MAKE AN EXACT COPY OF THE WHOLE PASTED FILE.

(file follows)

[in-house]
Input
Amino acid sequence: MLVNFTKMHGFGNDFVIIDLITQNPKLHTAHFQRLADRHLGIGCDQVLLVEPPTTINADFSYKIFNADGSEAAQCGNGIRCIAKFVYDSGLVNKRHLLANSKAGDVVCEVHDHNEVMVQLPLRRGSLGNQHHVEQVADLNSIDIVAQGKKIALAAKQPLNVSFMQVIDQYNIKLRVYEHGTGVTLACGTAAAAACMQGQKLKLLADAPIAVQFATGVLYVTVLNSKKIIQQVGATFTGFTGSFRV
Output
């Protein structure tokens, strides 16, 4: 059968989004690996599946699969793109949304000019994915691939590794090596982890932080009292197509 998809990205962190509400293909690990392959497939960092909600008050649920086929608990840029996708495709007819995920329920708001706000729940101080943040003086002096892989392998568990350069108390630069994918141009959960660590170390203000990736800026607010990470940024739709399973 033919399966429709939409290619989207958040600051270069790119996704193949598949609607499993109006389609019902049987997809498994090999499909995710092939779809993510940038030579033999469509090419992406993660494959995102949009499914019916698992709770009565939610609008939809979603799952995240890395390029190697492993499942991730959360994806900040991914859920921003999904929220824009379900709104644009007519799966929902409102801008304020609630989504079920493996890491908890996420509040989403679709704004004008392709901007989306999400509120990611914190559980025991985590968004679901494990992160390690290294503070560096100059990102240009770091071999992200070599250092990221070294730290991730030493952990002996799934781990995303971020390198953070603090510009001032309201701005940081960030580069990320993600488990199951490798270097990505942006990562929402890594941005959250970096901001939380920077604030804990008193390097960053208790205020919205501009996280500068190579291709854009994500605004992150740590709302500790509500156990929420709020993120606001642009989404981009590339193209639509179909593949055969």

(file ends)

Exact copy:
[in-house]
Input
Amino acid sequence: MLVNFTKMHGFGNDFVIIDLITQNPKLHTAHFQRLADRHLGIGCDQVLLVEPPTTINADFSYKIFNADGSEAAQCGNGIRCIAKFVYDSGLVNKRHLLANSKAGDVVCEVHDHNEVMVQLPLRRGSLGNQHHVEQVADLNSIDIVAQGKKIALAAKQPLNVSFMQVIDQYNIKLRVYEHGTGVTLACGTAAAAACMQGQKLKLLADAPIAVQFATGVLYVTVLNSKKIIQQVGATFTGFTGSFRV
Output
């Protein structure tokens, strides 16, 4: 059968989004690996599946699969793109949304000019994915691939590794090596982890932080009292197509 998809990205962190509400293909690990392959497939960092909600008050649920086929608990840029996708495709007819995920329920708001706000729940101080943040003086002096892989392998568990350069108390630069994918141009959960660590170390203000990736800026607010990470940024739709399973 033919399966429709939409290619989207958040600051270069790119996704193949598949609607499993109006389609019902049987997809498994090999499909995710092939779809993510940038030579033999469509090419992406993660494959995102949009499914019916698992709770009565939610609008939809979603799952995240890395390029190697492993499942991730959360994806900040991914859920921003999904929220824009379900709104644009007519799966929902409102801008304020609630989504079920493996890491908890996420509040989403679709704004004008392709901007989306999400509120990611914190559980025991985590968004679901494990992160390690290294503070560096100059990102240009770091071999992200070599250092990221070294730290991730030493952990002996799934781990995303971020390198953070603090510009001032309201701005940081960030580069990320993600488990199951490798270097990505942006990562929402890594941005959250970096901001939380920077604030804990008193390097960053208790205020919205501009996280500068190579291709854009994500605004992150740590709302500790509500156990929420709020993120606001642009989404981009590339193209639509179909593949055969």